In project management, a dependency is what we call the relationship between two tasks when action or activity on one determines key dates for the other. Start and finish dates of the task are the focus of the relationship between a predecessor and successor activity with four types of logical relationships:
Finish to Start (FS): This is the most common dependent relationship and it occurs when the successor task cannot start until the predecessor task is finished. Examples of FS dependency might be that the building the walls must finish before the roof installation can start or when configuration can’t begin until the design is complete.
Start to Start (SS): These relationships occur when the successor task cannot start until the predecessor has started. This is done to optimize the project schedule and make efficient use of project resources. Examples of SS dependency might be that mortar is mixed at the same time tiling is started or if an external press release is sent out at the same time an internal announcement is made.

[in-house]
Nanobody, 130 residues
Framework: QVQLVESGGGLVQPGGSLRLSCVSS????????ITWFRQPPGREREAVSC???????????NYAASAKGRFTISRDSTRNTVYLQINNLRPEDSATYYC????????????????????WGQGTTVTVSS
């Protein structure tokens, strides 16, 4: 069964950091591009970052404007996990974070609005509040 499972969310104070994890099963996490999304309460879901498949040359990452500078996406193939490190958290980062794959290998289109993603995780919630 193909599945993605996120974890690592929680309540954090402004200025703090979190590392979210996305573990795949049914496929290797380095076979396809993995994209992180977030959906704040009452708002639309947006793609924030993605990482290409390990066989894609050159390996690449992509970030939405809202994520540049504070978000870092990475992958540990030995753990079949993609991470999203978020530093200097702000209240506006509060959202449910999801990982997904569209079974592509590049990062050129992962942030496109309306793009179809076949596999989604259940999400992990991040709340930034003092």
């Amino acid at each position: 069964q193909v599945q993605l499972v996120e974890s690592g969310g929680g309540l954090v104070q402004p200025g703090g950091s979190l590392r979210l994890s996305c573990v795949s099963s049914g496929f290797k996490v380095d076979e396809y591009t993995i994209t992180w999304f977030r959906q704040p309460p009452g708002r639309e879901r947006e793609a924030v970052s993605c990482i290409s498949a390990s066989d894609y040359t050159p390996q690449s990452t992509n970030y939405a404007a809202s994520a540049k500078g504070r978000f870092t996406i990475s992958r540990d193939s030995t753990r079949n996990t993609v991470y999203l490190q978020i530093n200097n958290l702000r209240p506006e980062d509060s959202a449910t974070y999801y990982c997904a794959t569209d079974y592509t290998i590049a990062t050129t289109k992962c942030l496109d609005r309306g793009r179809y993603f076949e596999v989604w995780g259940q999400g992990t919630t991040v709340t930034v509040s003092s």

Finish to Finish (FF): These relationships occur when the successor task and the predecessor task need to finish at the same time, again to optimize the use of project resources. Examples of this might be finishing the plumbing and electric so that the inspector only comes once or it might be that configuration and testing complete at the same time to account for client feedback.
Start to Finish (SF): In this relationship, we see that the successor cannot finish until the predecessor has begun. An example might be that the inspection cannot be scheduled until a building permit is requested or Sign Off cannot be complete until UAT has begun.